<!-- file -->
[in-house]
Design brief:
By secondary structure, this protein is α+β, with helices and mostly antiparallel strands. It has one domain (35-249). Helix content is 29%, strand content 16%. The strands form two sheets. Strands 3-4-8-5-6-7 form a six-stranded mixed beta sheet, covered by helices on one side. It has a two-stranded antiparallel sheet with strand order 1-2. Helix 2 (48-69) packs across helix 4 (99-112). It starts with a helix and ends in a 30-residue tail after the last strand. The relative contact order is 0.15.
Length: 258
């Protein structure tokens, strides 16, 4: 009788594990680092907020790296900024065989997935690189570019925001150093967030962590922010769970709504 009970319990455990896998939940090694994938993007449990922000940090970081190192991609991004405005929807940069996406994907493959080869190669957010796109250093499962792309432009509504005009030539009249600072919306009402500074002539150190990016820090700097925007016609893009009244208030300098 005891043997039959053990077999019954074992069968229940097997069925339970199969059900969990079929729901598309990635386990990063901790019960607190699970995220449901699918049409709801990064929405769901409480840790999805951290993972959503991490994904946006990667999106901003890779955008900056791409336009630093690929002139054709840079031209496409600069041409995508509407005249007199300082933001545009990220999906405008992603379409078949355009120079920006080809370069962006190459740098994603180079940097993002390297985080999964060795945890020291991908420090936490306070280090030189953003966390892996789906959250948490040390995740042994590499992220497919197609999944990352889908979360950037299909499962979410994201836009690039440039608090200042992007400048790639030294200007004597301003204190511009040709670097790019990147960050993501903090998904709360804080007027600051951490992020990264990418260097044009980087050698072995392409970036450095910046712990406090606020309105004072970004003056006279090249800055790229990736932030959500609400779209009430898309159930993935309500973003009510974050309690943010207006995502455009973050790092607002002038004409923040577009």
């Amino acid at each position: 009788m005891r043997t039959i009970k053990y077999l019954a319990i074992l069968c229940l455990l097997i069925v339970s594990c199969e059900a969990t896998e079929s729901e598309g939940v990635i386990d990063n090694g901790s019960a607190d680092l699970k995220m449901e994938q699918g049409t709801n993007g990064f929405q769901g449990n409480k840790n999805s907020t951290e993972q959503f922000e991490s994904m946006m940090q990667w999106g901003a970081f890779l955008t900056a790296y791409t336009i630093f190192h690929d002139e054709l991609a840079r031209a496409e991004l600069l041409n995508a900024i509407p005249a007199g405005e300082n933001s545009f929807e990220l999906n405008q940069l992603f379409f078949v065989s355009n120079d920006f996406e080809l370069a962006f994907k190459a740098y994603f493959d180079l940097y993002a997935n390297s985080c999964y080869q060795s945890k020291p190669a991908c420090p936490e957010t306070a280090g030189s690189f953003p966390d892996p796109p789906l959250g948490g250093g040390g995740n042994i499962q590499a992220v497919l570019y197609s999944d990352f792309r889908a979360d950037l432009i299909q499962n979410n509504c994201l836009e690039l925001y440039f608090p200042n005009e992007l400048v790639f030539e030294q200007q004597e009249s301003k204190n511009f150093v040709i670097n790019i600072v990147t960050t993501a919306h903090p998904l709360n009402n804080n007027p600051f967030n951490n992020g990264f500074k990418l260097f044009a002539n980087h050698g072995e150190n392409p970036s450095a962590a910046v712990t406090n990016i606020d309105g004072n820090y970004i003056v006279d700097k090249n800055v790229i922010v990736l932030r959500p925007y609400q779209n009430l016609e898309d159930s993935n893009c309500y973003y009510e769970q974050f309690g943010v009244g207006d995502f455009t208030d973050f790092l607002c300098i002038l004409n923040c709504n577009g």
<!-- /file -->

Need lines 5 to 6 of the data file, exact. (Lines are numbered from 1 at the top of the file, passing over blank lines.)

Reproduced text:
């Protein structure tokens, strides 16, 4: 009788594990680092907020790296900024065989997935690189570019925001150093967030962590922010769970709504 009970319990455990896998939940090694994938993007449990922000940090970081190192991609991004405005929807940069996406994907493959080869190669957010796109250093499962792309432009509504005009030539009249600072919306009402500074002539150190990016820090700097925007016609893009009244208030300098 005891043997039959053990077999019954074992069968229940097997069925339970199969059900969990079929729901598309990635386990990063901790019960607190699970995220449901699918049409709801990064929405769901409480840790999805951290993972959503991490994904946006990667999106901003890779955008900056791409336009630093690929002139054709840079031209496409600069041409995508509407005249007199300082933001545009990220999906405008992603379409078949355009120079920006080809370069962006190459740098994603180079940097993002390297985080999964060795945890020291991908420090936490306070280090030189953003966390892996789906959250948490040390995740042994590499992220497919197609999944990352889908979360950037299909499962979410994201836009690039440039608090200042992007400048790639030294200007004597301003204190511009040709670097790019990147960050993501903090998904709360804080007027600051951490992020990264990418260097044009980087050698072995392409970036450095910046712990406090606020309105004072970004003056006279090249800055790229990736932030959500609400779209009430898309159930993935309500973003009510974050309690943010207006995502455009973050790092607002002038004409923040577009």
């Amino acid at each position: 009788m005891r043997t039959i009970k053990y077999l019954a319990i074992l069968c229940l455990l097997i069925v339970s594990c199969e059900a969990t896998e079929s729901e598309g939940v990635i386990d990063n090694g901790s019960a607190d680092l699970k995220m449901e994938q699918g049409t709801n993007g990064f929405q769901g449990n409480k840790n999805s907020t951290e993972q959503f922000e991490s994904m946006m940090q990667w999106g901003a970081f890779l955008t900056a790296y791409t336009i630093f190192h690929d002139e054709l991609a840079r031209a496409e991004l600069l041409n995508a900024i509407p005249a007199g405005e300082n933001s545009f929807e990220l999906n405008q940069l992603f379409f078949v065989s355009n120079d920006f996406e080809l370069a962006f994907k190459a740098y994603f493959d180079l940097y993002a997935n390297s985080c999964y080869q060795s945890k020291p190669a991908c420090p936490e957010t306070a280090g030189s690189f953003p966390d892996p796109p789906l959250g948490g250093g040390g995740n042994i499962q590499a992220v497919l570019y197609s999944d990352f792309r889908a979360d950037l432009i299909q499962n979410n509504c994201l836009e690039l925001y440039f608090p200042n005009e992007l400048v790639f030539e030294q200007q004597e009249s301003k204190n511009f150093v040709i670097n790019i600072v990147t960050t993501a919306h903090p998904l709360n009402n804080n007027p600051f967030n951490n992020g990264f500074k990418l260097f044009a002539n980087h050698g072995e150190n392409p970036s450095a962590a910046v712990t406090n990016i606020d309105g004072n820090y970004i003056v006279d700097k090249n800055v790229i922010v990736l932030r959500p925007y609400q779209n009430l016609e898309d159930s993935n893009c309500y973003y009510e769970q974050f309690g943010v009244g207006d995502f455009t208030d973050f790092l607002c300098i002038l004409n923040c709504n577009g």